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Author Topic: Ex librii (libris-es?)  (Read 4784 times)
Deimos
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« Reply #25 on: January 11, 2020, 04:46:16 am »

Tabula intra librum? Tabula intra librae?  Cheesy I'm just butchering this now  Cheesy

Out of politeness, if not pity, we will now avert our eyes....
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« Reply #26 on: January 11, 2020, 08:53:00 am »

Tabula intra librum? Tabula intra librae?  Cheesy I'm just butchering this now  Cheesy

Out of politeness, if not pity, we will now avert our eyes....

Tough crowd... I shall find an erudite fit to match your skills..
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Deimos
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« Reply #27 on: January 11, 2020, 10:11:22 am »

As much as it annoys me, my "skills" failed Caledonian.... Tongue
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Caledonian
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Caledon MacHinery (they/them)


« Reply #28 on: January 11, 2020, 02:19:51 pm »

i am not let down, I'm just observing the discussion and deciding i'll just call them "stamps" and use the text as i see other heraldic artists do Wink
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Banfili
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« Reply #29 on: January 12, 2020, 01:29:56 am »

Just to add to the general confusion, the latin for book is 'liber', for library it is 'bibliotheca', so, 'something belonging to the library of' would be 'quae sunt in bibliothecam'

'ex libris' means 'from books', so what an 'ex libris' bookplate is saying is 'from the books of ....'*, not 'from the library of'.

So, 'from the library of' would be 'et ex bibliotheca', and 'a book from the library of' is 'et ex bibliotheca liber'.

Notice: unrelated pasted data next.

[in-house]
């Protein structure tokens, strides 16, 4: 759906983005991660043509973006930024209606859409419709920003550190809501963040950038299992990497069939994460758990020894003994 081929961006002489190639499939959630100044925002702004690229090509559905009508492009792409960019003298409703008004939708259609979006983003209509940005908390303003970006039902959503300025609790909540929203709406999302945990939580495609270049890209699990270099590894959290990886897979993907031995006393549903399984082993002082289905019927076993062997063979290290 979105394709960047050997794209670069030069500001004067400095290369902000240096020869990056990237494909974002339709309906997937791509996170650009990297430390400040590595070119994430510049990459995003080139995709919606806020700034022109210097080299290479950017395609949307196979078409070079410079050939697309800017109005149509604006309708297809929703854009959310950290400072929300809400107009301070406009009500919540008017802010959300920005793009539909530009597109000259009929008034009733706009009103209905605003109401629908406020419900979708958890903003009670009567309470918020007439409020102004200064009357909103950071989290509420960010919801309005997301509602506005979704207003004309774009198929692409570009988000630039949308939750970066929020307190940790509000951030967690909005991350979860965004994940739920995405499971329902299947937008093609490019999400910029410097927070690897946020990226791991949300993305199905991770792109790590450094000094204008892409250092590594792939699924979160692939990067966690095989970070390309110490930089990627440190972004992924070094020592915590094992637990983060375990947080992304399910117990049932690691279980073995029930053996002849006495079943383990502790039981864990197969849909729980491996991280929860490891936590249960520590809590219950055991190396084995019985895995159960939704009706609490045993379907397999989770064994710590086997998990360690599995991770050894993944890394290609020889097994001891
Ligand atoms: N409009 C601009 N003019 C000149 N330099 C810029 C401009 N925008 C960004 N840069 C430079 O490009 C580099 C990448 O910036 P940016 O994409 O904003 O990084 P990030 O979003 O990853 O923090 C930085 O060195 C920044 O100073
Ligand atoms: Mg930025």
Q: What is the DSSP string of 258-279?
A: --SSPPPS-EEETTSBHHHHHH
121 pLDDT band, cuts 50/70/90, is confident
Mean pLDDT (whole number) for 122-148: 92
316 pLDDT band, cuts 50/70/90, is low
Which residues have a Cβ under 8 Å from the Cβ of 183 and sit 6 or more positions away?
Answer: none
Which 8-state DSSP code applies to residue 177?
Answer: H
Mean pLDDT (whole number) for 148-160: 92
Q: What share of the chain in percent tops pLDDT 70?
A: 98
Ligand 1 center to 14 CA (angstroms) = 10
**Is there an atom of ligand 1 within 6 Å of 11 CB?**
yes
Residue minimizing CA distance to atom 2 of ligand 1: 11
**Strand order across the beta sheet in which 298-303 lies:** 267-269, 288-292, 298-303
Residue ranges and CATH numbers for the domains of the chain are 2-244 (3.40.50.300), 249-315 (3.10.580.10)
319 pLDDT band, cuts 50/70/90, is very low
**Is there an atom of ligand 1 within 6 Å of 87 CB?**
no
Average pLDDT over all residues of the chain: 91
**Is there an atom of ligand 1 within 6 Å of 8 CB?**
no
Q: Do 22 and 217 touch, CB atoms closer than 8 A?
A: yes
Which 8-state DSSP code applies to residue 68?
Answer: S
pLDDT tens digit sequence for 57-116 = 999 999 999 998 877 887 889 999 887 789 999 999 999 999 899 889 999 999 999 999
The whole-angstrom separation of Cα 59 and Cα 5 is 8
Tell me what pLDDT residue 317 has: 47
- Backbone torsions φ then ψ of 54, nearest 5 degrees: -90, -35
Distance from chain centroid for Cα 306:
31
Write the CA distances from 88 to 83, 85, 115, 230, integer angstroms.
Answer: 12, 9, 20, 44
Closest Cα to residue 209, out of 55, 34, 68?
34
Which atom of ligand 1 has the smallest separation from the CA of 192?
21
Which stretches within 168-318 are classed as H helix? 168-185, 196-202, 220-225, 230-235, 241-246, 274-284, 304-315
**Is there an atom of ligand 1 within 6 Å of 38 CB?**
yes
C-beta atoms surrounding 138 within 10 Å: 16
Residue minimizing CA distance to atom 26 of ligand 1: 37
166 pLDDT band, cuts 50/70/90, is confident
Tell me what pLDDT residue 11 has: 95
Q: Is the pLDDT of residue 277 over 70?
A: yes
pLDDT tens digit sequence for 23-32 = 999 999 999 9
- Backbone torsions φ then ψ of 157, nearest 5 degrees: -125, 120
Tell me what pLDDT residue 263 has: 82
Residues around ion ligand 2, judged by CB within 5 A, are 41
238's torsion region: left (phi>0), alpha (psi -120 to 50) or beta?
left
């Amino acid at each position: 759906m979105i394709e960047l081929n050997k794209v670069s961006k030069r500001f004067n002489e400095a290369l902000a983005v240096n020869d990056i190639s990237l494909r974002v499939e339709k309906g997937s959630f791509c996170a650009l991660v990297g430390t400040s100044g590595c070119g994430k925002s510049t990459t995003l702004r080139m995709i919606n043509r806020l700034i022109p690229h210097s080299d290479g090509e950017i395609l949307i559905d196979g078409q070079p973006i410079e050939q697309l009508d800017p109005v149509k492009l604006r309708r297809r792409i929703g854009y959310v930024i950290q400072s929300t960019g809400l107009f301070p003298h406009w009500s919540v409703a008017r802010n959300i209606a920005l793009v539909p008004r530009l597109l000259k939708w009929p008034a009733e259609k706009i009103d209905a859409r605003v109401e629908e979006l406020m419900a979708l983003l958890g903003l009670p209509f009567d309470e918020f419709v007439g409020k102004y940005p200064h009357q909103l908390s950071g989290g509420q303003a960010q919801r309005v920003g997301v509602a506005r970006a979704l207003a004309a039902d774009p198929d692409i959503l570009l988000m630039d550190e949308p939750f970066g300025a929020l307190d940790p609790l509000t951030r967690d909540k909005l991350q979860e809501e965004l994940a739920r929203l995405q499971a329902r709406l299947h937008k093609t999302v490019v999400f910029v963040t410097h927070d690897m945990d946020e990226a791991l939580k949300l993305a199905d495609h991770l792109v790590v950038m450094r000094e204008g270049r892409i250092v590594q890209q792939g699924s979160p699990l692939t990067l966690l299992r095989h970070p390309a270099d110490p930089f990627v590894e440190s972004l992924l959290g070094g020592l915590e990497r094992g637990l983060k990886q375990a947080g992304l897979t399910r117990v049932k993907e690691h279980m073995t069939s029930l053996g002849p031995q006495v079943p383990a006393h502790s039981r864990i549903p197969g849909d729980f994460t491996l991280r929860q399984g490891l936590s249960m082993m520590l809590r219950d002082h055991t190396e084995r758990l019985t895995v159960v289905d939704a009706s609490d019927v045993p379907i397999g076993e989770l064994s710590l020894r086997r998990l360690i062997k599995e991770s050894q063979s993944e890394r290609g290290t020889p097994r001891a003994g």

There ya go! Even a simple bookplate can get complicated!

(* also relates to information from books, which is 'informationes ex libris')
« Last Edit: January 12, 2020, 01:47:51 am by Banfili » Logged
Deimos
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aka Countess Millicent Addlewood


« Reply #30 on: January 12, 2020, 01:43:07 am »

Or just "ex bibliotheca" ...."from the library [of name]"

If you name happens to be a Romance language name or derived from one, you put that on the bookplate in Latin as well....in the genitive (i.e., possessive) case.

My real name is Marie...the "romance language" version is Maria (Spanish) so my bookplates read Ex Libris Mariae (Mariae being the genitive case of Maria)...literally "From the books of Maria"  
Using Bibliotheca it would be "Ex Bibliotheca Mariae"  

The male version "Mario" (Latin Marius) would be Ex Libris / Bibliotheca Marii...
« Last Edit: January 12, 2020, 01:53:49 am by Deimos » Logged
Caledonian
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Caledon MacHinery (they/them)


« Reply #31 on: January 12, 2020, 01:50:51 am »

The language stuff is confusing
I'll stick to learning Gaelic and making art
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Deimos
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« Reply #32 on: January 12, 2020, 01:59:23 am »

Betting I would have a much more difficult time learning Gaelic than I ever did learning Latin  Wink
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Caledonian
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« Reply #33 on: March 06, 2020, 01:03:35 am »


made this one more as a thing to sign a letter or something.
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Cora Courcelle
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« Reply #34 on: March 06, 2020, 08:56:31 pm »

I can imagine it with your initials signed across - just to make it an official document.
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Madasasteamfish
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09madasafish
« Reply #35 on: March 06, 2020, 09:01:48 pm »

Ooooh, very pretty. Could work very nicely as a seal IMHO.
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Caledonian
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Caledon MacHinery (they/them)


« Reply #36 on: April 09, 2020, 10:46:30 am »

I can imagine it with your initials signed across - just to make it an official document.